Amid the shouts of “kati, kati, KATI!” , we could hear some Bollywood music playing in the distance. Amir told us that mohalla usually hired a DJ and it was almost an open air terrace party on Independence Day. However, with the month of Ramzaan being observed, it was only correct to be respectful. Most of these people hadn’t eaten or even had a sip of water the whole day and still they were flying kites, shouting out to each other and just generally, being happy. There was an electric buzz in the air. The sky was a brilliant blue canvas against which hundreds of kites were painted. The emotion was building up like the heavy humidity that was so common this time of the year, though Amir pronounced it a clear afternoon. “As long as it’s windy, and kites are flying, it won’t rain.”
Interactions with Amir and his family, who have been residents of the mohalla for generations, revealed that even though the closeness between neighbours had reduced over the years, there remained an implicit feeling of mohalledari. Children were jumping across parapets from chhat to chhat , and everyone was a chacha, tau or bhai – there was an overwhelming sense of familiarity.
The visual connection across terraces enhanced the interaction, both within and between mohallas, at a scale which is not imaginable on the street. Though the terraces belonged to individual families, they were not distinct from each other, making them a common resource for the mohalla. The chatt was a whole new realm of public space.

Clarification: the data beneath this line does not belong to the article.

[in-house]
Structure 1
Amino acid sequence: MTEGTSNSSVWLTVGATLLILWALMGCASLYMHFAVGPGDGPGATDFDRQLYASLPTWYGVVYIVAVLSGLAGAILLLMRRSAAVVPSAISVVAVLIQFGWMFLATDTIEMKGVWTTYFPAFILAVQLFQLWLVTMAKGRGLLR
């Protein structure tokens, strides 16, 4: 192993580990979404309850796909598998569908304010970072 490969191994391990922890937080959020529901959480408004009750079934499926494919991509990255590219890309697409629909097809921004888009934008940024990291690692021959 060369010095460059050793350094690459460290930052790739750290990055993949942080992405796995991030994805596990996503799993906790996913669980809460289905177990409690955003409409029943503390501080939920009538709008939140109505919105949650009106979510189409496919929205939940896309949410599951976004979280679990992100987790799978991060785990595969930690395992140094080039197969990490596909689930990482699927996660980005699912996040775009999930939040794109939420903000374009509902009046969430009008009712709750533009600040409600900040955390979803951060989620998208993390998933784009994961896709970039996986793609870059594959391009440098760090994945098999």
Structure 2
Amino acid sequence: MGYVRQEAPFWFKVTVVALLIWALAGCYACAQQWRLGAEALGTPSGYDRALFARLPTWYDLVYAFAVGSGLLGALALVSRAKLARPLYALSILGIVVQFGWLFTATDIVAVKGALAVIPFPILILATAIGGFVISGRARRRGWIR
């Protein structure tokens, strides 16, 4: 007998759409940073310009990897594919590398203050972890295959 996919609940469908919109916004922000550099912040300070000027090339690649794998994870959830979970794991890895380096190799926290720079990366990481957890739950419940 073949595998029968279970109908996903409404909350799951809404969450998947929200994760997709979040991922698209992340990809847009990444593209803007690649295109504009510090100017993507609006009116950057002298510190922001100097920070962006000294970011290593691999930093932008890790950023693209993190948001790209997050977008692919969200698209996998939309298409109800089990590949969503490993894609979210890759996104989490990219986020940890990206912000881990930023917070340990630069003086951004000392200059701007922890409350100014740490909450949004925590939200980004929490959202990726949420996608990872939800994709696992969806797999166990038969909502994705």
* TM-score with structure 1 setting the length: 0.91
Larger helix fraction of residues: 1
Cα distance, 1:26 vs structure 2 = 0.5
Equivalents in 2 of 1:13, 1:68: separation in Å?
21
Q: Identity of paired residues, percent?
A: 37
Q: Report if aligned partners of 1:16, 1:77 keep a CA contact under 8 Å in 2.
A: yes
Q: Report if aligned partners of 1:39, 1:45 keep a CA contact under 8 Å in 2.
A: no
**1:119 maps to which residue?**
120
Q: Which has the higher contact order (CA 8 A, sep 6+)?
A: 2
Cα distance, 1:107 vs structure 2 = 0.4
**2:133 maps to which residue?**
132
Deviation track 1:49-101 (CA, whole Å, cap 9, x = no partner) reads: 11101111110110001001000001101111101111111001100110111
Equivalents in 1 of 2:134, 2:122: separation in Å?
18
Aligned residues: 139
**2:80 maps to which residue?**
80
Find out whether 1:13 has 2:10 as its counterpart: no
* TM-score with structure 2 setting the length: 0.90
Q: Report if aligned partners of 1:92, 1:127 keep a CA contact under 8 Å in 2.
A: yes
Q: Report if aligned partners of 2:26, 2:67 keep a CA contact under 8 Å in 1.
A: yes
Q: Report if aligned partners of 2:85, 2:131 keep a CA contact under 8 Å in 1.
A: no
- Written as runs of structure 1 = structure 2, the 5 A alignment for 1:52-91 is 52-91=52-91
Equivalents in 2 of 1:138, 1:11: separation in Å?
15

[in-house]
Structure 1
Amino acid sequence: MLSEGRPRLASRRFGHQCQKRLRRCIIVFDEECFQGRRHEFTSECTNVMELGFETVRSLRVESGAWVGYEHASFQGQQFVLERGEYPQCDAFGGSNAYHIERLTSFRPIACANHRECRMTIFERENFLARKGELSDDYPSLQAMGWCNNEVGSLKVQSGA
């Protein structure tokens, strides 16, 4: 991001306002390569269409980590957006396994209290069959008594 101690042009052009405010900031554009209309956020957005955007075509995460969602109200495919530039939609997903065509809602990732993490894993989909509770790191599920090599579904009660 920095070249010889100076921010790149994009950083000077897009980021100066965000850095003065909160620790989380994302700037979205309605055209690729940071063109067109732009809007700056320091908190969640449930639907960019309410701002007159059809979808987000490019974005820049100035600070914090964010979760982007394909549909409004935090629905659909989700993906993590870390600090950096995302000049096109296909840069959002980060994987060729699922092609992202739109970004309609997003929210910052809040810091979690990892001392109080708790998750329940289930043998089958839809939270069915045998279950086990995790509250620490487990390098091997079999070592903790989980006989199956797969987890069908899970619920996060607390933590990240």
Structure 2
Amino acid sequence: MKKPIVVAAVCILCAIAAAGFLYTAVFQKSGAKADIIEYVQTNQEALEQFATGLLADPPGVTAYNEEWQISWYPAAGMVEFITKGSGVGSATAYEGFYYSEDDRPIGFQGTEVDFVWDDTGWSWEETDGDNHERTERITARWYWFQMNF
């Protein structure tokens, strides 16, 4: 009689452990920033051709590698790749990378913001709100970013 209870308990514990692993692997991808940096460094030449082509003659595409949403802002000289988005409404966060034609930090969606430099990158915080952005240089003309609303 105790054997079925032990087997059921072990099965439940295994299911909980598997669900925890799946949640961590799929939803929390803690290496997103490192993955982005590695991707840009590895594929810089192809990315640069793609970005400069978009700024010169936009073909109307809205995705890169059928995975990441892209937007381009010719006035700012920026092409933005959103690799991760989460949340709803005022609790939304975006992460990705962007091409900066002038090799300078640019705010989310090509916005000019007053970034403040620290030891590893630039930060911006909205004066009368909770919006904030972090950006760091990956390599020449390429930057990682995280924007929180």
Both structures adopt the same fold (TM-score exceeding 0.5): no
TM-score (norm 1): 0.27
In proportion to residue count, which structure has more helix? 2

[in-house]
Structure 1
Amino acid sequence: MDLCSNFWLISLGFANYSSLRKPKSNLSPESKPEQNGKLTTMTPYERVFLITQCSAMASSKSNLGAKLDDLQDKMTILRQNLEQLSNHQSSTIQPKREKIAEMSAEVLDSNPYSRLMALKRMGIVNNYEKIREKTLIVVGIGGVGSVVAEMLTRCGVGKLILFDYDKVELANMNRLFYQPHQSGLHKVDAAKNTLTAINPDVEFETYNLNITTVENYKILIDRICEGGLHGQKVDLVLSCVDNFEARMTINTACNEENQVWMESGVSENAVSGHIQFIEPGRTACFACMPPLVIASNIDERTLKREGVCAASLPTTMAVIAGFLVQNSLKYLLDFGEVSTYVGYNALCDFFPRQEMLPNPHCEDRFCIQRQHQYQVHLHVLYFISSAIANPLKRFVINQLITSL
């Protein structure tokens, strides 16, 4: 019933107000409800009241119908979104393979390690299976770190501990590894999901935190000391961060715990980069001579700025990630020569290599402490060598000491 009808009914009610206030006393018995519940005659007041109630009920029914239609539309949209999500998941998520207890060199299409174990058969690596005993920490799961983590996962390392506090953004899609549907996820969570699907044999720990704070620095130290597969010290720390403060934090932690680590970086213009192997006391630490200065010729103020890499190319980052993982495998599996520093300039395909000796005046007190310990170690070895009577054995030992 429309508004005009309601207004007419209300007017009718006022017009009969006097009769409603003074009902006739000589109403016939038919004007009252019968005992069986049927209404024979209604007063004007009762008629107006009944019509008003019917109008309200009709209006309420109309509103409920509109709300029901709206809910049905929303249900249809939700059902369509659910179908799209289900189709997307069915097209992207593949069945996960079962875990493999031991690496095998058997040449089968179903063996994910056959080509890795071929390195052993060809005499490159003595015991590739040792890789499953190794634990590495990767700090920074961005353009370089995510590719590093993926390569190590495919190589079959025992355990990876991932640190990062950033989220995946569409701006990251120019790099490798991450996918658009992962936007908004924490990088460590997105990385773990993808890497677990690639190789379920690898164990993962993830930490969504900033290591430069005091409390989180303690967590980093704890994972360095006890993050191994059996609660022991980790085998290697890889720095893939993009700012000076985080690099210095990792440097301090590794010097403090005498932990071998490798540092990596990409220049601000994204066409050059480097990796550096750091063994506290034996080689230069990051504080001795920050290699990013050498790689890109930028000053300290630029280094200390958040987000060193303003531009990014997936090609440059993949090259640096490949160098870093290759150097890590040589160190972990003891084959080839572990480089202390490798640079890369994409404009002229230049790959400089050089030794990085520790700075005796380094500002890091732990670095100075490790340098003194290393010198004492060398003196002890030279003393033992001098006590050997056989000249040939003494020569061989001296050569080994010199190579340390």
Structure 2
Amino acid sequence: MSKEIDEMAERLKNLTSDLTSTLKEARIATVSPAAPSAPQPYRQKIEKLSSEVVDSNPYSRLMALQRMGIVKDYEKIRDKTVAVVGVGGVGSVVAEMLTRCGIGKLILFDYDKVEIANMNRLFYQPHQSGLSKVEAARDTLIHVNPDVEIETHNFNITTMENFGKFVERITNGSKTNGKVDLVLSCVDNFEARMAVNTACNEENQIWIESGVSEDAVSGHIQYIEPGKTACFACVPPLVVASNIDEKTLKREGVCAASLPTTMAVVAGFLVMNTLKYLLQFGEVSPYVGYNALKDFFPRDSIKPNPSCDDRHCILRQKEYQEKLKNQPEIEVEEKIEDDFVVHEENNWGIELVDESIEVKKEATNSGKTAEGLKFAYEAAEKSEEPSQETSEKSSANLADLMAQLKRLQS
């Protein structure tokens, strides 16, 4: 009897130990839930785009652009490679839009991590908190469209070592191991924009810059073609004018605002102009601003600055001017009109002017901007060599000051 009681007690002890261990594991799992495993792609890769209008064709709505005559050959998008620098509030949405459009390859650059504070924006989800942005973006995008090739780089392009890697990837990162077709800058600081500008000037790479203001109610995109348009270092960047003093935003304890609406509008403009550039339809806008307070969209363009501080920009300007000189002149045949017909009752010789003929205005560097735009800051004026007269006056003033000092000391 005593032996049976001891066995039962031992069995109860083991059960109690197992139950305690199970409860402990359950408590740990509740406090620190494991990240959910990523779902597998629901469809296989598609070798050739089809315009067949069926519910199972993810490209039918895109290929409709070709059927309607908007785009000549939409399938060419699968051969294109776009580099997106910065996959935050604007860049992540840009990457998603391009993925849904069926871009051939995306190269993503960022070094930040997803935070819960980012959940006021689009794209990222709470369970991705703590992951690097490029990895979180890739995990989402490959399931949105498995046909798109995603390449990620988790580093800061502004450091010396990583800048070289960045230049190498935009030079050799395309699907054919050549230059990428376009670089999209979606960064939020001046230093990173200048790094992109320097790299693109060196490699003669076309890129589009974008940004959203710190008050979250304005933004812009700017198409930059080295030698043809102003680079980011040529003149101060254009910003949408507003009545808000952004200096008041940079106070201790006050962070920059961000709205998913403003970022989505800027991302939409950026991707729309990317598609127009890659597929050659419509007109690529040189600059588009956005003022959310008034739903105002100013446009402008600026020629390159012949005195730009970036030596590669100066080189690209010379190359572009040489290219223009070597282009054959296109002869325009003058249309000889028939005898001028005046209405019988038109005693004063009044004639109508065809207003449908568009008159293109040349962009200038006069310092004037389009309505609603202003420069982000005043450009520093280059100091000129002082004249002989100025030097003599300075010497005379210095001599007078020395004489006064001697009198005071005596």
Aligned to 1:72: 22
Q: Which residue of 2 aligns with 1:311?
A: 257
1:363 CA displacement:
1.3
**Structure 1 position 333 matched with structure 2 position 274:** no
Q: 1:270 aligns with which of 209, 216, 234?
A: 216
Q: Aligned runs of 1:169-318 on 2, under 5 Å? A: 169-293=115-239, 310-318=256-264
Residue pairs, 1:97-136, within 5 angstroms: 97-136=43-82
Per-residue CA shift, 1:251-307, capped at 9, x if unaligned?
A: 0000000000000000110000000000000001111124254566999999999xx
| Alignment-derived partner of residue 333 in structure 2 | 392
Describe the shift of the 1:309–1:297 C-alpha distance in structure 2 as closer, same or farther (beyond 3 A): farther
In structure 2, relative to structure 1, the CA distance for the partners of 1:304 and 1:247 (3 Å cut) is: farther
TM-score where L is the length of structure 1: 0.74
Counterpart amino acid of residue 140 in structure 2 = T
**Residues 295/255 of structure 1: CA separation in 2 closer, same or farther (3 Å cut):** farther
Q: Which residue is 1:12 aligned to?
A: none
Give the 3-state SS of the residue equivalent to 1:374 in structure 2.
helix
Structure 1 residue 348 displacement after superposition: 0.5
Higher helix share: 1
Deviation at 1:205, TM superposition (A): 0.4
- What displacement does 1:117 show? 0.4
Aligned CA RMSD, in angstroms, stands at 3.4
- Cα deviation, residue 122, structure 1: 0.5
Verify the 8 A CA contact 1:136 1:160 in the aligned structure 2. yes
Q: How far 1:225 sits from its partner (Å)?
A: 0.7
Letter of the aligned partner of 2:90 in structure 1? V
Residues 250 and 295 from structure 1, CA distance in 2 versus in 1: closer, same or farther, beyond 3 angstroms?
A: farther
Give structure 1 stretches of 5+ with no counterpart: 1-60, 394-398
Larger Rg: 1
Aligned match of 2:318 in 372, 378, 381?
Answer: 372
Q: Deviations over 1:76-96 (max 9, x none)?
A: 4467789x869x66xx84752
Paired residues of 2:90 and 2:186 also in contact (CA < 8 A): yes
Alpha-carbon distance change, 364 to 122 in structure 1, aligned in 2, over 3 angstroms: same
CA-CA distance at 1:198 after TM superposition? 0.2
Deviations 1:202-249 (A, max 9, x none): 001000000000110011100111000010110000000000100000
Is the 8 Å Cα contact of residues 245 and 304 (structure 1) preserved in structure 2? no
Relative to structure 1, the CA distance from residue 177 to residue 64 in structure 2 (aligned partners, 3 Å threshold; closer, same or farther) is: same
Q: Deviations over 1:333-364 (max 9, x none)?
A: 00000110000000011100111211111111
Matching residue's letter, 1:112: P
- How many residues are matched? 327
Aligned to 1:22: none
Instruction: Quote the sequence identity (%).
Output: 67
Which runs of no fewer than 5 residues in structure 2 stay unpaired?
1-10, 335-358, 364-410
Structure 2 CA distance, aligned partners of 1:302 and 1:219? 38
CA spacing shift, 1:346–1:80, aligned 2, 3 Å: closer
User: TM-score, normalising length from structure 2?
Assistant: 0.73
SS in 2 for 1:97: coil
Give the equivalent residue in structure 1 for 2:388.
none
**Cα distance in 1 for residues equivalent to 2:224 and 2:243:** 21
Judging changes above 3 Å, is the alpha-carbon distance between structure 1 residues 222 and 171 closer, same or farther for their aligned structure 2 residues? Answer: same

Occasionally, one would see, a flock of pigeons collide with another and then circle back to their masters. The sport of kabutarbaazi is still prevalent in many neighbourhoods in the Old City, where a kabutarbaaz trains his pigeons to not only come back on call but also steal a few from other flocks on the way! The Khans themselves had many pigeons, some of whom were bought at prices as high as 20,000 rupees a pair.
The sky was mesmerizing as the sun started to set – the tricolor, backlit by the waning sun and the approaching clouds, and was fluttering against a sea of terraces. In that light, even the monstrous MCD building suddenly looked quite harmless. The patangbaazi was starting to wind up and Amir’s kite, which had soared high up and attacked fiercely at first, had met its end as the winds changed.
Soon the azaan was called, one mosque after the other. There were fireworks at the Jama Masjid as the sky went pink. We helped spread some mats and bring out the food and sat with the entire family on the chhat. They opened their fast (roza) with dates and fruit. It felt private, but they were genuinely warm and welcoming. We joined in the feast of hot pakoras and gulped down some Fanta for good measure.
Being a part of that spirit made us realize that in this part of the city, 15th August is so much more than just another holiday, it is truly a celebration, not just of our independence but also the monsoons, the winds and togetherness. This day was all about collectively appropriating the sky, which belongs to all of us, with hundreds of kites and flags, by people, young and old. And there is a strange sense of freedom in just this awareness.
This post is co-written by Bhavika Aggarwal, Rohan Patankar and Varun Bajaj. It is a recollection of their visit to Old Delhi on 15th August, 2012 as part of a research project with Ammani Nair and Vani Sood. Their research paper ‘By the People : Complexity in the Commonplace’ can be found here.
A version of this post appeared on the August 15, 2014 issue of The Scribbler.